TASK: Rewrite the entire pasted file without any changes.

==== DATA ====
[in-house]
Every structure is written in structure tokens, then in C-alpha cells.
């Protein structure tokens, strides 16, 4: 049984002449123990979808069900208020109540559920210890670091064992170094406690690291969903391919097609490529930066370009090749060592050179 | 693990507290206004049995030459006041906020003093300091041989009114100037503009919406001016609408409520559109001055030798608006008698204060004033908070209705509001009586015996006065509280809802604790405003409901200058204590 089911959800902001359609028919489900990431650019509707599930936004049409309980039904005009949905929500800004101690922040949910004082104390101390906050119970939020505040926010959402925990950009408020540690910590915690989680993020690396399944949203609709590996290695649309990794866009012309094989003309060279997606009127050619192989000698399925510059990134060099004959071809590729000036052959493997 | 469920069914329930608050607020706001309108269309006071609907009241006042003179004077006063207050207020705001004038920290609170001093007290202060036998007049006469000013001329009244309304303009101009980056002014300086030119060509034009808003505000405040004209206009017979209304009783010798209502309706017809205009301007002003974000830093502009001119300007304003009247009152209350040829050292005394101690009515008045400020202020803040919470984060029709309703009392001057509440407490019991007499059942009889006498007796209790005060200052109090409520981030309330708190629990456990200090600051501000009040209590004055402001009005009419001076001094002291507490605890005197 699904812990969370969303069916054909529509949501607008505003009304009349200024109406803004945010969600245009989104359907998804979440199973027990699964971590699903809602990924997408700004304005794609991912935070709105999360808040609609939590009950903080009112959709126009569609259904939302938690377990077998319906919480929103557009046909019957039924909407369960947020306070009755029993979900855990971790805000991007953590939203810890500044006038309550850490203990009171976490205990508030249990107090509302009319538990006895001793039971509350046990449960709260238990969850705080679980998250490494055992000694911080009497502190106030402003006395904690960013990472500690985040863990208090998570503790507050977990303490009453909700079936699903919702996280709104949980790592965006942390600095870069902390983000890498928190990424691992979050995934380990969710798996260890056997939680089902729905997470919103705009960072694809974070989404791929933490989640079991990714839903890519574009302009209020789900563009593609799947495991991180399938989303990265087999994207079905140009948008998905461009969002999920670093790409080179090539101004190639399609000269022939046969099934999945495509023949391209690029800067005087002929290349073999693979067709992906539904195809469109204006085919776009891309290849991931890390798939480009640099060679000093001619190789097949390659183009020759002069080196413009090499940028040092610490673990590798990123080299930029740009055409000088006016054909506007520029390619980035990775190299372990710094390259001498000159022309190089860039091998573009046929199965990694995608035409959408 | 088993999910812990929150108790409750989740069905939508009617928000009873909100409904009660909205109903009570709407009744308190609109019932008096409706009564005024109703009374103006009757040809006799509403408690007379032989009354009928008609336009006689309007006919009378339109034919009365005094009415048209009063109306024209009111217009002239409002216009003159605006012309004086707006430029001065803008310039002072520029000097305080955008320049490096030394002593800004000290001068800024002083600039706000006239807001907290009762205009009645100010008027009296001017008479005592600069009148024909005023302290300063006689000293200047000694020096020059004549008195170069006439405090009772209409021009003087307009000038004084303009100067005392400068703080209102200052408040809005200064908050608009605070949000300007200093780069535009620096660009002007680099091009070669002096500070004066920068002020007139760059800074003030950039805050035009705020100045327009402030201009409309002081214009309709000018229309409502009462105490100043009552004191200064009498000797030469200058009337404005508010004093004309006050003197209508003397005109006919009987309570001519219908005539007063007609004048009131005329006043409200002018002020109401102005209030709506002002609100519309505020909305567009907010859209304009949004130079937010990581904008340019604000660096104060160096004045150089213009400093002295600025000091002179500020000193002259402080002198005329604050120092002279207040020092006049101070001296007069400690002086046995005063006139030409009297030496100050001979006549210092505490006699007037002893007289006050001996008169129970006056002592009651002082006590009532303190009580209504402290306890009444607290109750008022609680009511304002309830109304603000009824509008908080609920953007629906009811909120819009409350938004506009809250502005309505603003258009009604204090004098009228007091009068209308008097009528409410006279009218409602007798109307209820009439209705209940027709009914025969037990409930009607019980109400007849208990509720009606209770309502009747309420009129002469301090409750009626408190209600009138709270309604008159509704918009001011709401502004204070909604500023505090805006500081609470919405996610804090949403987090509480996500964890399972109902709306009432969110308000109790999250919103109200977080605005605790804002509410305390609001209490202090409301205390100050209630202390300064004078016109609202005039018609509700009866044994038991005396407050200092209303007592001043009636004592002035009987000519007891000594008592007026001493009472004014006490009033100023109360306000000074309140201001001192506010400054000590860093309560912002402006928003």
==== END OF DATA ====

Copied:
[in-house]
Every structure is written in structure tokens, then in C-alpha cells.
């Protein structure tokens, strides 16, 4: 049984002449123990979808069900208020109540559920210890670091064992170094406690690291969903391919097609490529930066370009090749060592050179 | 693990507290206004049995030459006041906020003093300091041989009114100037503009919406001016609408409520559109001055030798608006008698204060004033908070209705509001009586015996006065509280809802604790405003409901200058204590 089911959800902001359609028919489900990431650019509707599930936004049409309980039904005009949905929500800004101690922040949910004082104390101390906050119970939020505040926010959402925990950009408020540690910590915690989680993020690396399944949203609709590996290695649309990794866009012309094989003309060279997606009127050619192989000698399925510059990134060099004959071809590729000036052959493997 | 469920069914329930608050607020706001309108269309006071609907009241006042003179004077006063207050207020705001004038920290609170001093007290202060036998007049006469000013001329009244309304303009101009980056002014300086030119060509034009808003505000405040004209206009017979209304009783010798209502309706017809205009301007002003974000830093502009001119300007304003009247009152209350040829050292005394101690009515008045400020202020803040919470984060029709309703009392001057509440407490019991007499059942009889006498007796209790005060200052109090409520981030309330708190629990456990200090600051501000009040209590004055402001009005009419001076001094002291507490605890005197 699904812990969370969303069916054909529509949501607008505003009304009349200024109406803004945010969600245009989104359907998804979440199973027990699964971590699903809602990924997408700004304005794609991912935070709105999360808040609609939590009950903080009112959709126009569609259904939302938690377990077998319906919480929103557009046909019957039924909407369960947020306070009755029993979900855990971790805000991007953590939203810890500044006038309550850490203990009171976490205990508030249990107090509302009319538990006895001793039971509350046990449960709260238990969850705080679980998250490494055992000694911080009497502190106030402003006395904690960013990472500690985040863990208090998570503790507050977990303490009453909700079936699903919702996280709104949980790592965006942390600095870069902390983000890498928190990424691992979050995934380990969710798996260890056997939680089902729905997470919103705009960072694809974070989404791929933490989640079991990714839903890519574009302009209020789900563009593609799947495991991180399938989303990265087999994207079905140009948008998905461009969002999920670093790409080179090539101004190639399609000269022939046969099934999945495509023949391209690029800067005087002929290349073999693979067709992906539904195809469109204006085919776009891309290849991931890390798939480009640099060679000093001619190789097949390659183009020759002069080196413009090499940028040092610490673990590798990123080299930029740009055409000088006016054909506007520029390619980035990775190299372990710094390259001498000159022309190089860039091998573009046929199965990694995608035409959408 | 088993999910812990929150108790409750989740069905939508009617928000009873909100409904009660909205109903009570709407009744308190609109019932008096409706009564005024109703009374103006009757040809006799509403408690007379032989009354009928008609336009006689309007006919009378339109034919009365005094009415048209009063109306024209009111217009002239409002216009003159605006012309004086707006430029001065803008310039002072520029000097305080955008320049490096030394002593800004000290001068800024002083600039706000006239807001907290009762205009009645100010008027009296001017008479005592600069009148024909005023302290300063006689000293200047000694020096020059004549008195170069006439405090009772209409021009003087307009000038004084303009100067005392400068703080209102200052408040809005200064908050608009605070949000300007200093780069535009620096660009002007680099091009070669002096500070004066920068002020007139760059800074003030950039805050035009705020100045327009402030201009409309002081214009309709000018229309409502009462105490100043009552004191200064009498000797030469200058009337404005508010004093004309006050003197209508003397005109006919009987309570001519219908005539007063007609004048009131005329006043409200002018002020109401102005209030709506002002609100519309505020909305567009907010859209304009949004130079937010990581904008340019604000660096104060160096004045150089213009400093002295600025000091002179500020000193002259402080002198005329604050120092002279207040020092006049101070001296007069400690002086046995005063006139030409009297030496100050001979006549210092505490006699007037002893007289006050001996008169129970006056002592009651002082006590009532303190009580209504402290306890009444607290109750008022609680009511304002309830109304603000009824509008908080609920953007629906009811909120819009409350938004506009809250502005309505603003258009009604204090004098009228007091009068209308008097009528409410006279009218409602007798109307209820009439209705209940027709009914025969037990409930009607019980109400007849208990509720009606209770309502009747309420009129002469301090409750009626408190209600009138709270309604008159509704918009001011709401502004204070909604500023505090805006500081609470919405996610804090949403987090509480996500964890399972109902709306009432969110308000109790999250919103109200977080605005605790804002509410305390609001209490202090409301205390100050209630202390300064004078016109609202005039018609509700009866044994038991005396407050200092209303007592001043009636004592002035009987000519007891000594008592007026001493009472004014006490009033100023109360306000000074309140201001001192506010400054000590860093309560912002402006928003």